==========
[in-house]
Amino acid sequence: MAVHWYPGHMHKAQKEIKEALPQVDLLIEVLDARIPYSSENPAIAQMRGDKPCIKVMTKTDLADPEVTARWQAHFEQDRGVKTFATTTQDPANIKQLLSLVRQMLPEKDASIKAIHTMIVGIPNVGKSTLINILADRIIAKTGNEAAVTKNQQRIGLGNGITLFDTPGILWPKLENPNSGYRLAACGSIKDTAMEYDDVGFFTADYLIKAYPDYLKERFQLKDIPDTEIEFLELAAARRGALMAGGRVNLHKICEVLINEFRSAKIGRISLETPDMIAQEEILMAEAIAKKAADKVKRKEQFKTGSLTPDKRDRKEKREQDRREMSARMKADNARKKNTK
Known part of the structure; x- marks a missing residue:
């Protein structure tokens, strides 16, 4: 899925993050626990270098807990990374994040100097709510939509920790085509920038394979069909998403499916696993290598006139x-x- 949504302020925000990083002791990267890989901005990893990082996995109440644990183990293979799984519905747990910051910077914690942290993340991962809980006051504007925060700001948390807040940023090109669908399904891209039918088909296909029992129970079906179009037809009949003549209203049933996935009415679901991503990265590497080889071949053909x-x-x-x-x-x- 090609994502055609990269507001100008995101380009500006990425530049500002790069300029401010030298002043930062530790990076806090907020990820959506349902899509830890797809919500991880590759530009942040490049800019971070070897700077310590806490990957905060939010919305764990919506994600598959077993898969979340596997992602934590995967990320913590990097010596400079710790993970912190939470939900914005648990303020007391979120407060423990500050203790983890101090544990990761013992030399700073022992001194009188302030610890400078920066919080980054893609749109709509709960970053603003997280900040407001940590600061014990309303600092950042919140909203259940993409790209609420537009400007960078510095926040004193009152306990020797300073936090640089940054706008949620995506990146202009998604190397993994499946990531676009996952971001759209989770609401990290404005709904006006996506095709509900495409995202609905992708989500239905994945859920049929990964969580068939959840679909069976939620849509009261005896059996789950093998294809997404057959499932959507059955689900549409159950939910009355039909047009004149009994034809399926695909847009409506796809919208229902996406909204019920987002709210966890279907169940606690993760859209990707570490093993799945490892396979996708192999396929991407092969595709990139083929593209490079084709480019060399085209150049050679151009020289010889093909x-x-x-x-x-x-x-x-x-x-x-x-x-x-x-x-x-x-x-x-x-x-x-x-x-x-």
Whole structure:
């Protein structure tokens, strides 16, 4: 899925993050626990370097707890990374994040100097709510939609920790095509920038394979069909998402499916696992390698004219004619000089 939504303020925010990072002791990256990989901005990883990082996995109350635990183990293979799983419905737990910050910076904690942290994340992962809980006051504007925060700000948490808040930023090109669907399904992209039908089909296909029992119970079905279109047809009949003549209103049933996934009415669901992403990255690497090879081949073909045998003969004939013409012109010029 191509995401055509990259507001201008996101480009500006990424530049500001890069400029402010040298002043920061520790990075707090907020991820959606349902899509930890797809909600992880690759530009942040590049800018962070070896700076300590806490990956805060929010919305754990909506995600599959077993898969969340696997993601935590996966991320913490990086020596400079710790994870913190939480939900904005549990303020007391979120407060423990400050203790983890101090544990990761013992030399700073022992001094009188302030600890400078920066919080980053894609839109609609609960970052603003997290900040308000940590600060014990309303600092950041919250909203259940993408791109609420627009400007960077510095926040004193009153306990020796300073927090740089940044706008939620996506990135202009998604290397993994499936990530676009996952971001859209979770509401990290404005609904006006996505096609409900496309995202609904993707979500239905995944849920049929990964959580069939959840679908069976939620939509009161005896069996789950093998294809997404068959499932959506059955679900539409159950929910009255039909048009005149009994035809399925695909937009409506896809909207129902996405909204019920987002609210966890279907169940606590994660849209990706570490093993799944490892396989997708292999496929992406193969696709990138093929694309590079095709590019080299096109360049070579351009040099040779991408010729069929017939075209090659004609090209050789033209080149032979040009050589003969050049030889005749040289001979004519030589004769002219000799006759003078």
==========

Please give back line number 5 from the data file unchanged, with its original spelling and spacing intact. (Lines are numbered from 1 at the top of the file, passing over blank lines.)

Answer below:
Whole structure: